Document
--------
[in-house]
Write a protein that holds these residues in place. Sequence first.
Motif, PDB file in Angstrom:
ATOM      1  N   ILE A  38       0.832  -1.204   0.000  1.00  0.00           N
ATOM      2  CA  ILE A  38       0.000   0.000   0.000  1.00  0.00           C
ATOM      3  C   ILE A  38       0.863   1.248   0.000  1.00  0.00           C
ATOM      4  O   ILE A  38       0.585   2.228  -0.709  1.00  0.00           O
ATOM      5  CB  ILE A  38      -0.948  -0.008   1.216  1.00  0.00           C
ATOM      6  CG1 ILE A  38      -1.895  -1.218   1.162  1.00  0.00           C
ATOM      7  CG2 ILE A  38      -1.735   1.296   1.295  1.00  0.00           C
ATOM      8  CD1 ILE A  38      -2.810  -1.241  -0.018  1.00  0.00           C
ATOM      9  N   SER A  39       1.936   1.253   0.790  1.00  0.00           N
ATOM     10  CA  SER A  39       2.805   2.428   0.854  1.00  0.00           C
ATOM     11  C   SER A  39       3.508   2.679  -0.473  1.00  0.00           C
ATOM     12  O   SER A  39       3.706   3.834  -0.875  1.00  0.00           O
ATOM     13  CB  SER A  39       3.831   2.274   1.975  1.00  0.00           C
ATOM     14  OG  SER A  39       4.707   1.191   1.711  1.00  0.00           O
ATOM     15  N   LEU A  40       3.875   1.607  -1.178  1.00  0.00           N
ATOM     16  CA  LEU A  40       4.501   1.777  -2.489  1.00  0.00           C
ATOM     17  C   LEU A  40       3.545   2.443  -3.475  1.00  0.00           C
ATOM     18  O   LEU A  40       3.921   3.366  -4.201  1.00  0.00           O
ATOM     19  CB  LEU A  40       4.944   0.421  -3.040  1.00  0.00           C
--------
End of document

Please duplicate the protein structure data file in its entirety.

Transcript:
[in-house]
Write a protein that holds these residues in place. Sequence first.
Motif, PDB file in Angstrom:
ATOM      1  N   ILE A  38       0.832  -1.204   0.000  1.00  0.00           N
ATOM      2  CA  ILE A  38       0.000   0.000   0.000  1.00  0.00           C
ATOM      3  C   ILE A  38       0.863   1.248   0.000  1.00  0.00           C
ATOM      4  O   ILE A  38       0.585   2.228  -0.709  1.00  0.00           O
ATOM      5  CB  ILE A  38      -0.948  -0.008   1.216  1.00  0.00           C
ATOM      6  CG1 ILE A  38      -1.895  -1.218   1.162  1.00  0.00           C
ATOM      7  CG2 ILE A  38      -1.735   1.296   1.295  1.00  0.00           C
ATOM      8  CD1 ILE A  38      -2.810  -1.241  -0.018  1.00  0.00           C
ATOM      9  N   SER A  39       1.936   1.253   0.790  1.00  0.00           N
ATOM     10  CA  SER A  39       2.805   2.428   0.854  1.00  0.00           C
ATOM     11  C   SER A  39       3.508   2.679  -0.473  1.00  0.00           C
ATOM     12  O   SER A  39       3.706   3.834  -0.875  1.00  0.00           O
ATOM     13  CB  SER A  39       3.831   2.274   1.975  1.00  0.00           C
ATOM     14  OG  SER A  39       4.707   1.191   1.711  1.00  0.00           O
ATOM     15  N   LEU A  40       3.875   1.607  -1.178  1.00  0.00           N
ATOM     16  CA  LEU A  40       4.501   1.777  -2.489  1.00  0.00           C
ATOM     17  C   LEU A  40       3.545   2.443  -3.475  1.00  0.00           C
ATOM     18  O   LEU A  40       3.921   3.366  -4.201  1.00  0.00           O
ATOM     19  CB  LEU A  40       4.944   0.421  -3.040  1.00  0.00           C